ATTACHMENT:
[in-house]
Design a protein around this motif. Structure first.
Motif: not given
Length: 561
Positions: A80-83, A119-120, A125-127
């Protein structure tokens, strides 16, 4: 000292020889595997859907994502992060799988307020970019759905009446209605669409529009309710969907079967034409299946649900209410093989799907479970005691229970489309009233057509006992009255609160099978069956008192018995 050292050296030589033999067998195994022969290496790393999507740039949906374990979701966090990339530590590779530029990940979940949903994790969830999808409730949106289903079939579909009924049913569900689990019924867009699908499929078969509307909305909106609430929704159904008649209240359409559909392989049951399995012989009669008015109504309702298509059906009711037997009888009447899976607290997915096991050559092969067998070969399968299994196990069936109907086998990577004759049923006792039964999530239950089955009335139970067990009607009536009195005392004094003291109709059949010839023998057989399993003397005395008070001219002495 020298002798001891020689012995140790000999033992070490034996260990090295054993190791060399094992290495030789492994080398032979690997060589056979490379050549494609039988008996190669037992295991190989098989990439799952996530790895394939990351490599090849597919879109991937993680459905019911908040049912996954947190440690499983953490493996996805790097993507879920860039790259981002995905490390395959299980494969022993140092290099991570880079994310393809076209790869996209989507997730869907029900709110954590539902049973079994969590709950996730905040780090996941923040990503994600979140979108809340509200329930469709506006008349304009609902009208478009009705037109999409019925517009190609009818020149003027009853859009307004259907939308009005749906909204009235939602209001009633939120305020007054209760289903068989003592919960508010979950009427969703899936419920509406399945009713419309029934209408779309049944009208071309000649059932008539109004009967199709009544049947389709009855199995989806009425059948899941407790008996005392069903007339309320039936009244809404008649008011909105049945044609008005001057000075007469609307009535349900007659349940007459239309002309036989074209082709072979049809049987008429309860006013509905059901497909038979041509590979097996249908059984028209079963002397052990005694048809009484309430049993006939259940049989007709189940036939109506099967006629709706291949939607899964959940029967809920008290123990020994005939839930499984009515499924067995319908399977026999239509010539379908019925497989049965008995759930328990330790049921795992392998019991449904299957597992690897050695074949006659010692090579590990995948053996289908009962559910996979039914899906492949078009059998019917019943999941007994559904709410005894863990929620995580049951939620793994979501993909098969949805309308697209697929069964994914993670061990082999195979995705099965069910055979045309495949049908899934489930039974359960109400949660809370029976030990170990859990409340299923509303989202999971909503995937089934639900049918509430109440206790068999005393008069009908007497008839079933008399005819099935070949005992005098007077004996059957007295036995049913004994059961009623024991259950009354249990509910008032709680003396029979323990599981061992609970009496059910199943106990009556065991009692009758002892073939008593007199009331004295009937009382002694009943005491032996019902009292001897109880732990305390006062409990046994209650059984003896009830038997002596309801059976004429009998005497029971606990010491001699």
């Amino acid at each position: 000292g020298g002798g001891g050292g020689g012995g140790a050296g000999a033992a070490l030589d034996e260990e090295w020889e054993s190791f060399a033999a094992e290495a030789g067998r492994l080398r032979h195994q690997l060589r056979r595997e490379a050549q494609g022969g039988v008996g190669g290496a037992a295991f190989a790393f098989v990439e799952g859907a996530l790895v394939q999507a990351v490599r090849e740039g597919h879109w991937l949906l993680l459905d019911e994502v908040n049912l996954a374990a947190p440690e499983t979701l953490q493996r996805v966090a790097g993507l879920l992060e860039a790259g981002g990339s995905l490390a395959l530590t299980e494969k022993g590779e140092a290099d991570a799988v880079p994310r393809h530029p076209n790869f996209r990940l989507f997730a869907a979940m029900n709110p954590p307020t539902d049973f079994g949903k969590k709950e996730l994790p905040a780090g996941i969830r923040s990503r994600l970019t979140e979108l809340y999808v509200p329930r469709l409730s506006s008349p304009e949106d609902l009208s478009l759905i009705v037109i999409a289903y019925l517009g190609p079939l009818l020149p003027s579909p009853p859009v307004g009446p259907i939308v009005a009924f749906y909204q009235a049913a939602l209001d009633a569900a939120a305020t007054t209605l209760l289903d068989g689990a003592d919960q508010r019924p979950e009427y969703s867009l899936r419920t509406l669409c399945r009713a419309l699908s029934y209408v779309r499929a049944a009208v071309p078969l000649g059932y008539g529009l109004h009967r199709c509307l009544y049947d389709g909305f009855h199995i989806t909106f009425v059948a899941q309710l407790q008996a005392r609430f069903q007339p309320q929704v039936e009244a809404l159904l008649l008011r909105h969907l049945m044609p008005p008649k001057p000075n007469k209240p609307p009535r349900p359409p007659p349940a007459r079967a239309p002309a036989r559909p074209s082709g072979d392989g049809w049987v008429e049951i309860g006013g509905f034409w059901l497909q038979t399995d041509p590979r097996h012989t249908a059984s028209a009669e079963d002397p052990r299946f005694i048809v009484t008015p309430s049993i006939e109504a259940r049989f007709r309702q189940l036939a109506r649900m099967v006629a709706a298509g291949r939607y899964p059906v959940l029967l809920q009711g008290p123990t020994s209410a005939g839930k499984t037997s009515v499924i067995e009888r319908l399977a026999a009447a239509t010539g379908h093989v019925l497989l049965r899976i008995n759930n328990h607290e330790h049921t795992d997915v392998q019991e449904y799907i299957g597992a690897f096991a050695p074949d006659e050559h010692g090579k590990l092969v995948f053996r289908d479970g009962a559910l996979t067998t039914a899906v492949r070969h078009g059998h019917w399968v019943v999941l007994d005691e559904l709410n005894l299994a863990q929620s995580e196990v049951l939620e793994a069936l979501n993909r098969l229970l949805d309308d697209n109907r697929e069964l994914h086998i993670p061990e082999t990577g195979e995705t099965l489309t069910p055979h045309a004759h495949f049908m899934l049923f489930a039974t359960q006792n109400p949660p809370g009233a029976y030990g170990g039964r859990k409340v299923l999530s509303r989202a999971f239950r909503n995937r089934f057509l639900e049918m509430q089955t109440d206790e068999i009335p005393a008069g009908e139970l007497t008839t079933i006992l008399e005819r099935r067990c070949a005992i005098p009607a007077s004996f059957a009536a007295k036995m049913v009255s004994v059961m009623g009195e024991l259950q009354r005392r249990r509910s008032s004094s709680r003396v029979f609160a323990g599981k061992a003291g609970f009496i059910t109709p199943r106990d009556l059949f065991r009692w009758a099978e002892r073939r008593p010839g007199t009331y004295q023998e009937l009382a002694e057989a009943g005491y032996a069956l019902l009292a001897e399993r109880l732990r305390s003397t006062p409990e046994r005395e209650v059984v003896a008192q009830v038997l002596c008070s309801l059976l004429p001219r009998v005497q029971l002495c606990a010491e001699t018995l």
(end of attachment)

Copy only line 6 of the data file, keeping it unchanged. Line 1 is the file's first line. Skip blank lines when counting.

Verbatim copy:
């Protein structure tokens, strides 16, 4: 000292020889595997859907994502992060799988307020970019759905009446209605669409529009309710969907079967034409299946649900209410093989799907479970005691229970489309009233057509006992009255609160099978069956008192018995 050292050296030589033999067998195994022969290496790393999507740039949906374990979701966090990339530590590779530029990940979940949903994790969830999808409730949106289903079939579909009924049913569900689990019924867009699908499929078969509307909305909106609430929704159904008649209240359409559909392989049951399995012989009669008015109504309702298509059906009711037997009888009447899976607290997915096991050559092969067998070969399968299994196990069936109907086998990577004759049923006792039964999530239950089955009335139970067990009607009536009195005392004094003291109709059949010839023998057989399993003397005395008070001219002495 020298002798001891020689012995140790000999033992070490034996260990090295054993190791060399094992290495030789492994080398032979690997060589056979490379050549494609039988008996190669037992295991190989098989990439799952996530790895394939990351490599090849597919879109991937993680459905019911908040049912996954947190440690499983953490493996996805790097993507879920860039790259981002995905490390395959299980494969022993140092290099991570880079994310393809076209790869996209989507997730869907029900709110954590539902049973079994969590709950996730905040780090996941923040990503994600979140979108809340509200329930469709506006008349304009609902009208478009009705037109999409019925517009190609009818020149003027009853859009307004259907939308009005749906909204009235939602209001009633939120305020007054209760289903068989003592919960508010979950009427969703899936419920509406399945009713419309029934209408779309049944009208071309000649059932008539109004009967199709009544049947389709009855199995989806009425059948899941407790008996005392069903007339309320039936009244809404008649008011909105049945044609008005001057000075007469609307009535349900007659349940007459239309002309036989074209082709072979049809049987008429309860006013509905059901497909038979041509590979097996249908059984028209079963002397052990005694048809009484309430049993006939259940049989007709189940036939109506099967006629709706291949939607899964959940029967809920008290123990020994005939839930499984009515499924067995319908399977026999239509010539379908019925497989049965008995759930328990330790049921795992392998019991449904299957597992690897050695074949006659010692090579590990995948053996289908009962559910996979039914899906492949078009059998019917019943999941007994559904709410005894863990929620995580049951939620793994979501993909098969949805309308697209697929069964994914993670061990082999195979995705099965069910055979045309495949049908899934489930039974359960109400949660809370029976030990170990859990409340299923509303989202999971909503995937089934639900049918509430109440206790068999005393008069009908007497008839079933008399005819099935070949005992005098007077004996059957007295036995049913004994059961009623024991259950009354249990509910008032709680003396029979323990599981061992609970009496059910199943106990009556065991009692009758002892073939008593007199009331004295009937009382002694009943005491032996019902009292001897109880732990305390006062409990046994209650059984003896009830038997002596309801059976004429009998005497029971606990010491001699």